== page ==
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U.S. Retail

Feb 1, 2013 12:01 AM   By Lara Ewen
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2013: More of the Same Expected

The beginning of a new year is always a time for optimism, regardless of how the previous 12 months have gone. Right now, retailers are grateful to have the rockiness and unpredictability of 2012 behind them. Looking ahead, everyone would like to see more stability, and savvy store owners are suggesting that having levelheaded expectations will prevent serious disappointments. While no one expects the economy to recover overnight, or even by the end of 2013, it seems that jewelers are learning to play by the new rules and most are doing quite well, finally.

HOLIDAY SALES
   The bottom line on 2012 holiday sales is that the season was mostly successful, although not without its speed bumps. “We were above 2011
at both stores,” said Michael S. Karaman, president of James Free Jewelers, which has two stores in Ohio. “But it was different than any other year. The first week of the holiday season was perfect, and then the second week was totally flat. Then the final eight days were extremely busy, to the point that we could not even do custom pieces for people because it was so busy.”

   For Michael Han, owner of The Wedding Ring Shop in Honolulu, 2012 was up and down all year, so he was prepared for the worst when it came
to December. Fortunately, his year ended on a high note. “We had a record year overall,” he said. “It was also one of the best holiday years we ever had, by far. We saw this year as unpredictable, so we planned some very strong marketing for the fourth quarter to really drive sales. We drove customers in to the store. And this was the best year we’ve had, and we’ve never had a down year. But it becomes more difficult to do, to keep having increases. We’ve been fortunate.”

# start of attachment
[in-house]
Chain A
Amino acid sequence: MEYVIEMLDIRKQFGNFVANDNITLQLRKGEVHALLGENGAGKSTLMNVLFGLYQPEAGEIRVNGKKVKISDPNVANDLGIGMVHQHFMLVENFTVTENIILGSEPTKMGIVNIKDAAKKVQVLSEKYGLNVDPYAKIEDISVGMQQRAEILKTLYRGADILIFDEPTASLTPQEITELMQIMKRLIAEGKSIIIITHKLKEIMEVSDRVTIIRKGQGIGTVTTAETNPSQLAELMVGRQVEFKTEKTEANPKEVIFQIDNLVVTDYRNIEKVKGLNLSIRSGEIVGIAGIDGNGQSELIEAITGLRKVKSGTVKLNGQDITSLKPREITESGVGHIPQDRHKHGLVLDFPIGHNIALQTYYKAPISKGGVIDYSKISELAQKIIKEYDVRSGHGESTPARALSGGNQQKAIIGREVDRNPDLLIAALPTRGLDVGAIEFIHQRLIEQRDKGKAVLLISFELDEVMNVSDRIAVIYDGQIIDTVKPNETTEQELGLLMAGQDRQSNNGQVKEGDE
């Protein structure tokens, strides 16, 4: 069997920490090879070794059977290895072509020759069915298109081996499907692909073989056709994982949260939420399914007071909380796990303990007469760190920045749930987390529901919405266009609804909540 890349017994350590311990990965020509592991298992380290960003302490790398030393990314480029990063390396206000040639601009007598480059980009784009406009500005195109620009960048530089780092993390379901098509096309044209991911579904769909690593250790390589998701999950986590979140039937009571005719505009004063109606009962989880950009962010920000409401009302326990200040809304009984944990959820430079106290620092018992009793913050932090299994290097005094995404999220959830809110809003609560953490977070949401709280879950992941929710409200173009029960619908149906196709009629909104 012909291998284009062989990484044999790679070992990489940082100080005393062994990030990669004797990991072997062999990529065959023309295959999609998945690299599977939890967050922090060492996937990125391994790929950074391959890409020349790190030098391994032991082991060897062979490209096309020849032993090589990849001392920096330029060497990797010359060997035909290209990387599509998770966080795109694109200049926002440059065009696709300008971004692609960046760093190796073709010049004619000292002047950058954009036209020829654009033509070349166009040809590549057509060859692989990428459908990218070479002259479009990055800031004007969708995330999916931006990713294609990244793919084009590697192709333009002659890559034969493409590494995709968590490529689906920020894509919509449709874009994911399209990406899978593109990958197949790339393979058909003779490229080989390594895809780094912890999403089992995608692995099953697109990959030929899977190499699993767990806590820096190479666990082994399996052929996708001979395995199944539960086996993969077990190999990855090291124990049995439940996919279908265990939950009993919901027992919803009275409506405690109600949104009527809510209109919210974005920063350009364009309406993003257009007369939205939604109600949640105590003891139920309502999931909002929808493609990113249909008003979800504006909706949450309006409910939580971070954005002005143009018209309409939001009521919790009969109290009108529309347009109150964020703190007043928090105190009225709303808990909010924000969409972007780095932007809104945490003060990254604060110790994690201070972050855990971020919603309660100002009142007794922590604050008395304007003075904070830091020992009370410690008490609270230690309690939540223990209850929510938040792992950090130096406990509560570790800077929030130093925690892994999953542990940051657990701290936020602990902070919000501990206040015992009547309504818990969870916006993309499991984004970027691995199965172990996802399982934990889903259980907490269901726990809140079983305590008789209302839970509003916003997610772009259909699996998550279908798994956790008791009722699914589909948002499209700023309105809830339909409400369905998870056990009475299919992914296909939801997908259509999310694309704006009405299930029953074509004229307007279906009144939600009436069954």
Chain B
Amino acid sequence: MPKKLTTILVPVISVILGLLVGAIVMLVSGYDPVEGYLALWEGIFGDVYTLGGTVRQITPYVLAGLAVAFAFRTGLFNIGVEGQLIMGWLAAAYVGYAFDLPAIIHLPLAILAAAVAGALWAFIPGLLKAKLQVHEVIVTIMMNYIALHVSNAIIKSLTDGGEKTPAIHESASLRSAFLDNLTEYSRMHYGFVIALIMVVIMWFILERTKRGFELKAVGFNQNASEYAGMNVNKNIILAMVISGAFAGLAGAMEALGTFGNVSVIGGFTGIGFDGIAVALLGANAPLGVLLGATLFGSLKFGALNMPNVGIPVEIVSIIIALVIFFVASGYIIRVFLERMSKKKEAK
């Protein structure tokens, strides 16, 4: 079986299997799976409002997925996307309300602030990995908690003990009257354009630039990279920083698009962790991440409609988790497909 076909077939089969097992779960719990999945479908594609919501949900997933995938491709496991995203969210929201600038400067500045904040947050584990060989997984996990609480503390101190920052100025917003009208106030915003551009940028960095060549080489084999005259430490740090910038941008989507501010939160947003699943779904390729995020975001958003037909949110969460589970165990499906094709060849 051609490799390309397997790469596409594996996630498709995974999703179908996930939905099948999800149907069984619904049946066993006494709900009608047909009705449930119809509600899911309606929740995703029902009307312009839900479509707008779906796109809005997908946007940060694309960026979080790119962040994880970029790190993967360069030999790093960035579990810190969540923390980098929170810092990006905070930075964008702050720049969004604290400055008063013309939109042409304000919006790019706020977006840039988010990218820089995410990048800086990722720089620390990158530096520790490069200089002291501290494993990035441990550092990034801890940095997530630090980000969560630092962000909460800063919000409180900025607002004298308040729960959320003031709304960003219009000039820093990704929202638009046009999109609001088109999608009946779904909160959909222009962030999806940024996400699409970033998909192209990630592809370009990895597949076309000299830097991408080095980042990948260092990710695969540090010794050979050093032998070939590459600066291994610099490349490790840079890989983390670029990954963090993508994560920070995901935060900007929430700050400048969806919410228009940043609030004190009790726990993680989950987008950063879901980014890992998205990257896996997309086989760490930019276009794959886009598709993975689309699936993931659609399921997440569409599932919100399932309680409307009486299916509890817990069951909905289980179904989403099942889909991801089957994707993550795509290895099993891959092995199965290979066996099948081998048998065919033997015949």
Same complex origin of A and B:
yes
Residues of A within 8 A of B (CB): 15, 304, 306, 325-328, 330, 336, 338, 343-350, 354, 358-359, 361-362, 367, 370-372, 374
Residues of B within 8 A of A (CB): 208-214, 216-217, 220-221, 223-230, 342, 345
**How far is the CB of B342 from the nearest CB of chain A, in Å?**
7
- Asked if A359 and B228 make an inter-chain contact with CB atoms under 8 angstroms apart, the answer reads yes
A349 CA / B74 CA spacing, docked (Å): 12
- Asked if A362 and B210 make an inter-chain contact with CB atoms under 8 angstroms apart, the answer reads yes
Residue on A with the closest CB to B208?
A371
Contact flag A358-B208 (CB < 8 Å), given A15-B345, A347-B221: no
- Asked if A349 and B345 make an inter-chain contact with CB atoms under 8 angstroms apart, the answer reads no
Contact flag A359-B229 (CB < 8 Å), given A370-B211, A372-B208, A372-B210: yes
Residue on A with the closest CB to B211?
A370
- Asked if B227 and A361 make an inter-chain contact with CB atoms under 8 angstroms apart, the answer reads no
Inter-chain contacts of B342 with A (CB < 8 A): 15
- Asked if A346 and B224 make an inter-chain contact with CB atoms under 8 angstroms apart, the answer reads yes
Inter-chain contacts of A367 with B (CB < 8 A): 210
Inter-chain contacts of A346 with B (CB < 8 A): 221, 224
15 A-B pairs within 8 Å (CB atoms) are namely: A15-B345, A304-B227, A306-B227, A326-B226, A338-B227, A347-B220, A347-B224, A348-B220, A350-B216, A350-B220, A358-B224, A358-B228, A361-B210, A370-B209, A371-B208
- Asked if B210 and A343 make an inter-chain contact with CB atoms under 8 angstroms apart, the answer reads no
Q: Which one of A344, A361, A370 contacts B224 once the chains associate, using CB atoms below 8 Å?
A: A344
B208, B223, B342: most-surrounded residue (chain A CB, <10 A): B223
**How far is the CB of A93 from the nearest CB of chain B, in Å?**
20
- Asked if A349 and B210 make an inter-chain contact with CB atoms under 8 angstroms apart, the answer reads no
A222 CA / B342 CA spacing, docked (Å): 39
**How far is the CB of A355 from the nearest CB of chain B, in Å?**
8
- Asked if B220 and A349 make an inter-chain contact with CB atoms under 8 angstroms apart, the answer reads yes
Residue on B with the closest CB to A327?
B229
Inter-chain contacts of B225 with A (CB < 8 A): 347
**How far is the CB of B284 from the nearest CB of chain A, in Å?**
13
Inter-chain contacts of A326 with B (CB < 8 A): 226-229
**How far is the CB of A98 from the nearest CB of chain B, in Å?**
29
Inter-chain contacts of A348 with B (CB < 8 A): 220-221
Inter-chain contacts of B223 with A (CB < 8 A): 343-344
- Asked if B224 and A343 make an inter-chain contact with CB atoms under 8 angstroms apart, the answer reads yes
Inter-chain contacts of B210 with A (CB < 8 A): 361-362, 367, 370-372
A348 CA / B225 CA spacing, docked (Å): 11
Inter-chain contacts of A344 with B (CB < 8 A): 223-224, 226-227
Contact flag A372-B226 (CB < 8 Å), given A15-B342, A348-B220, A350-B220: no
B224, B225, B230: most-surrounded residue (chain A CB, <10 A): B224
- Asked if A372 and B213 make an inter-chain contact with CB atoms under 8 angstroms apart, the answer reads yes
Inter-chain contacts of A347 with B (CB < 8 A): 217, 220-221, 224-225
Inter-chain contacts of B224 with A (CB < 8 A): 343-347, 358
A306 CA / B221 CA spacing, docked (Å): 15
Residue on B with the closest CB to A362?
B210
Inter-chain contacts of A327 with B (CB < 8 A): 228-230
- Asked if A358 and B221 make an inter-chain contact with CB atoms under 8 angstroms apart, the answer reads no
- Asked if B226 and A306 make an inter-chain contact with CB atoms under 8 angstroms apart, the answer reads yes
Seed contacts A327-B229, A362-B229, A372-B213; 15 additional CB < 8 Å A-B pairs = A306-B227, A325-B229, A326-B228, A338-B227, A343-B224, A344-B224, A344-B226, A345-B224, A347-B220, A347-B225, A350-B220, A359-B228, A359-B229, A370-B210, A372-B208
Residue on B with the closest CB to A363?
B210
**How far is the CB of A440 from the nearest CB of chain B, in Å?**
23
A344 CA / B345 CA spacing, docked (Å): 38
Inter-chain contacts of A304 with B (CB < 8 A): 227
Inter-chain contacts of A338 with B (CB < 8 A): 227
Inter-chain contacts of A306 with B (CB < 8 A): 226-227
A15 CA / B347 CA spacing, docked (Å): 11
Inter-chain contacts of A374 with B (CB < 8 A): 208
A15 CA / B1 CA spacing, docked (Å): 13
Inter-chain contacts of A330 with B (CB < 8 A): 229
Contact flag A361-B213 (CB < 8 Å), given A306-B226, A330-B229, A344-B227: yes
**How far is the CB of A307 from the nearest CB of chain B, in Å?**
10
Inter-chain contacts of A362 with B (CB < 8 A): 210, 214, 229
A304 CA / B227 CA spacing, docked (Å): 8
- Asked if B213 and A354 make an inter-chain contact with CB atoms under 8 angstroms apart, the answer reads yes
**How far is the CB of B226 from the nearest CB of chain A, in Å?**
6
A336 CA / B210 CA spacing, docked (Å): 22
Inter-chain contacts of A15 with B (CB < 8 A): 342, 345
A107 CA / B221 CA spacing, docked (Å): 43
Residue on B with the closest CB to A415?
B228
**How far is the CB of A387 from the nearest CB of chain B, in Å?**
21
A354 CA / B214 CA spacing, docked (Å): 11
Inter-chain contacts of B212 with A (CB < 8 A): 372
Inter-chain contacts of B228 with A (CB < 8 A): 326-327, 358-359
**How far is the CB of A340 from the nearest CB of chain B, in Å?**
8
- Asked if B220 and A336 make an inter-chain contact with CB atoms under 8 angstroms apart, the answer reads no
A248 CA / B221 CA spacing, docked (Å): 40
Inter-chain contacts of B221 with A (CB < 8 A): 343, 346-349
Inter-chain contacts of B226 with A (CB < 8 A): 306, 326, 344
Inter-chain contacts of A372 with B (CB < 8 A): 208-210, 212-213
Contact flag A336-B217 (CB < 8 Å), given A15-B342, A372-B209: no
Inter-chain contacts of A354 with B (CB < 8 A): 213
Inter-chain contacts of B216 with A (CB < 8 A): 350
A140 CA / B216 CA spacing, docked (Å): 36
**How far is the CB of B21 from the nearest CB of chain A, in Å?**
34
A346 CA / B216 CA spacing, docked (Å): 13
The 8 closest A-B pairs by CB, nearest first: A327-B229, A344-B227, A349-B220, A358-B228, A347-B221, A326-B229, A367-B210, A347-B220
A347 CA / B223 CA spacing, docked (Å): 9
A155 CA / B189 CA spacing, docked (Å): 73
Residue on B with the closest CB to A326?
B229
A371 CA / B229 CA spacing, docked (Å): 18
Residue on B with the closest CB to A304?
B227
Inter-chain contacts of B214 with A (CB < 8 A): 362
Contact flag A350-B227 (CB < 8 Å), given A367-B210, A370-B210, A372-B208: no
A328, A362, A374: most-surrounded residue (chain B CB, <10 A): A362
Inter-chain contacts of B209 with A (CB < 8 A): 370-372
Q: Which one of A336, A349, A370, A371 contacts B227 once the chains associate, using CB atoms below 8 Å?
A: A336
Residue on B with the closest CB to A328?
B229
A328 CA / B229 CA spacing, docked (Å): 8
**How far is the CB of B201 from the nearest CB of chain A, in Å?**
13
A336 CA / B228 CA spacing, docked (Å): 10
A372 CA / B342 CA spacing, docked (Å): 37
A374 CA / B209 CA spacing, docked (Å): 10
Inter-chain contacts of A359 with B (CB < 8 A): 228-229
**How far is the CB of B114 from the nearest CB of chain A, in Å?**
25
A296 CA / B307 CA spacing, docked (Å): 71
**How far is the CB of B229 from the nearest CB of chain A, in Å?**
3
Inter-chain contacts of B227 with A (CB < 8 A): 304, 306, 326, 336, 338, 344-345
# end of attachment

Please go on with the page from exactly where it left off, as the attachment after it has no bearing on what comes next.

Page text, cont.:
RETURNING CUSTOMERS
   December was also brisk for Jim Jessop, owner of Jessop Jeweler in
San Diego. “Holiday was good,” he said. “That’s the first time I’ve been able to say that the holiday was a good selling period in the past four years. We’ve had clients return, and we’ve seen some real activity in the store. I think things are starting to ease up a bit and southern California is getting back into the financial world. The average ticket still has not begun to rise, though. We haven’t seen the larger tickets return yet.”

   Some retailers were simply relieved to be seeing flat sales. “Holiday 2012 was disappointing,” said Mike Lordo, president of Lordo’s Diamonds in Ladue, Missouri. “But when I say disappointing, maybe that’s not the right word because it wasn’t completely disappointing. Our December was down by only 1 percent over 2011. Throughout 2012, we’d seen a little bit of progress, and we were up in October and November 2012 and up overall for 2012 by almost 10 percent. So I’m pleased as punch. As long as we’re even, I’d be pleased with that.”
   Of course, not everyone was pleased with their year-end numbers. “Unfortunately, we were flat for holiday 2012,” said Ashley Davis,
buyer at Davis Jewelers in Louisville, Kentucky. “I truly feel a big portion of it was about the news, and hearing about the fiscal cliff every single evening. We had a similar number of transactions as we did in 2011,
but just smaller-ticket items. We did a high amount of marketing. We
did billboard, radio — so it wasn’t for lack of preparation. But I had customers flat out tell me, ‘I don’t know what’s going on and I don’t
want to spend anything.’”

LOOKING AHEAD
   Now that holiday is over, retailers are trying to get a handle on what’s coming for 2013. After the uncomfortable highs and lows of 2012, most would just like to see a little stability. “I think 2013 will be almost identical to 2012,” said Lordo. “Every year, we think we’re going back to 2008 numbers, but it’s not going to happen. 2013 is going to be just like 2012, and we’ll see a gradual 10 percent increase. And even if we’re just slightly above 2012, we’ll be okay.”
   Davis is also optimistic that the slump she saw at the end of 2012 is not permanent. “I think that once everything settles down, economy wise, and people know how they’re going to be taxed, they’ll come back and see us for Valentine’s Day and for Mother’s Day. I’m not overly afraid.”
   Jessop agreed. “I’m optimistic, but guardedly optimistic,” he said. “I don’t think we’ll see a return of the more significant high-dollar sale during 2013. People’s attitudes have been shocked by the duration of the turndown in the economy, and they’ve been reeducated as to the amount of money they can spend. And they’re not feeling positive about our government and our tax rates. But I’m optimistic that sales will be back.”
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Tags: Lara Ewen, Marc Goldstein
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